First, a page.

Anyone who doubts the impact which digital technology is having on our lives, and on the UK as a whole need only read a recent article on City A.M.  by Matthew Hancock, the Minister of State for digital. Commenting that the UK has become the undisputed European hub for digital technology, Matthew Hancock revealed that London alone received £5.6 billion in tech investment in the last six months.
Perhaps that’s not so surprising given that London has more people working fintech than in any other city. What is noteworthy is that the benefits from this have spread across the entire country with more than two thirds of UK tech investment taking place outside London. And with increasing investment in technology comes the need for working in ancillary fields, hence the statistic that the UK’s cyber security workforce has increased by 160% since 2011.
But tech for tech’s sake is of little use unless digital developments are targeted at delivering real solutions. Matthew Hancock makes this point in the opening paragraphs of his article when he comments that:
“In every era, when a big new technology is invented we are challenged to think fresh about how to make it work for us, in a way that improves the quality of people’s lives.”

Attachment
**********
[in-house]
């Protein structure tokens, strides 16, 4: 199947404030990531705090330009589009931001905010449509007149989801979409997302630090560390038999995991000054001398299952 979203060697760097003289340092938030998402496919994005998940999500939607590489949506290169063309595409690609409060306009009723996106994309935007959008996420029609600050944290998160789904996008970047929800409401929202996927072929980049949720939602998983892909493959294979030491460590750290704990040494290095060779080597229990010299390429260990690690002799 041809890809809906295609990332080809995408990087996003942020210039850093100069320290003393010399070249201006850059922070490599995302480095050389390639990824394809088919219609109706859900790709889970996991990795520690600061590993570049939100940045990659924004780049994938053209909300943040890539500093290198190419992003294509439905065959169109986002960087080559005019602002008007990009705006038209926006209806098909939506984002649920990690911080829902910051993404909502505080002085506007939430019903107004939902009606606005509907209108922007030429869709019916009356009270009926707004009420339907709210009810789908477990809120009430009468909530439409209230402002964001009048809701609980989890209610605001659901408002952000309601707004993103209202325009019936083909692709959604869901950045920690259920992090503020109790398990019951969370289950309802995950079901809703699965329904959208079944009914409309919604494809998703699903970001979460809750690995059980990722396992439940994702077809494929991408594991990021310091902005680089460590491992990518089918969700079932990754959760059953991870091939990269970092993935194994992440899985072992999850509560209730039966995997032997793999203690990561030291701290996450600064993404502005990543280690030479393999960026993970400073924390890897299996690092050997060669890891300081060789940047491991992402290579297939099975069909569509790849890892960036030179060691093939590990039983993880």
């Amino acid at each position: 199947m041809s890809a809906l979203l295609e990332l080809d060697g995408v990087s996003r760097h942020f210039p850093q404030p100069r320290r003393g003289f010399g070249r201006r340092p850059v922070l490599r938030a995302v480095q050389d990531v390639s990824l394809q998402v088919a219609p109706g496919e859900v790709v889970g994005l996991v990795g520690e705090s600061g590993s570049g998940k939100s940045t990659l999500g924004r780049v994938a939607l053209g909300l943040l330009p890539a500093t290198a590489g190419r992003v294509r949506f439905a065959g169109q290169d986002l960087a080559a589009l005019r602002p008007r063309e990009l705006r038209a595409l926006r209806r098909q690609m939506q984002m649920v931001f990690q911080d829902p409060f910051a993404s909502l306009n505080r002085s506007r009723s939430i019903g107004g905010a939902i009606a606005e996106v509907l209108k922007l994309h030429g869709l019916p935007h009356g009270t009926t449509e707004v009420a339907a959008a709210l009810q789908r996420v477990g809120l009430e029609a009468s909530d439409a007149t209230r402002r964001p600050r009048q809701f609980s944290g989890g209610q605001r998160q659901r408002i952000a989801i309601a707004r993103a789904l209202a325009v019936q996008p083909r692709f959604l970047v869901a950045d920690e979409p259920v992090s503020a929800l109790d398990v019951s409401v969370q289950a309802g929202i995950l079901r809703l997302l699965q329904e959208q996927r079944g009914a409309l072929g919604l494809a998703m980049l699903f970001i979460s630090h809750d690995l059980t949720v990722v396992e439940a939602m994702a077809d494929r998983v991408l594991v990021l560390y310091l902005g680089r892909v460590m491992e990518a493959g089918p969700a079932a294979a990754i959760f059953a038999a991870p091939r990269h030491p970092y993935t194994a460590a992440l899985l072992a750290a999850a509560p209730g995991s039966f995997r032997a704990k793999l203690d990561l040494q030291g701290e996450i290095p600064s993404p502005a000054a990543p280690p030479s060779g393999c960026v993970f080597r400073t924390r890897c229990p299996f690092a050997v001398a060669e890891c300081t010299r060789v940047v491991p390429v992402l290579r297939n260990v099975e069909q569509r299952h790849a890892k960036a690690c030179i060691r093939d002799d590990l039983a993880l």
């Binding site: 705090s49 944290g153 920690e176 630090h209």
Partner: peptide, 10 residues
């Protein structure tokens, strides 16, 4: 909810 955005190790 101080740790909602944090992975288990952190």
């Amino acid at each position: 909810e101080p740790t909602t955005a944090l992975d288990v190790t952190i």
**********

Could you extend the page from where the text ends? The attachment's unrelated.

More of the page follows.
It’s a warning not only to those who are immediately involved in developing digital technology, but also to the leadership of organisations across the board. Using technology to deliver some brightly coloured screen or fantastic back-office system may sound great but is it really going to make a positive difference to those who have to work with it on a daily basis.
In our time as consultants we have seen all too often the perils which can befall organisations which put technology ahead of people. For example, the back-office software which will save HR x hours per month is of little use if it requires every individual within the organisation to spend time they haven’t got in filing personal data in a complex and convoluted system.
That’s why in our book Building a Culture of Innovation we take care to stress the difference between invention and innovation with invention introducing something new or different; whilst innovation looks to do so in order to solve a genuine problem, add real value to the customer and drive growth for the creator.
The UK is leading the way in digital technology but that’s not enough unless we put the people factor at the heart of every process and every development. Customers, investors, employees and those in the wider infrastructure deserve to have technology at their fingertips which makes a real and positive difference to them. Creating a strong organisational culture which puts people first in the technology decision process may require a different approach but it is one which will pay dividends in the long term.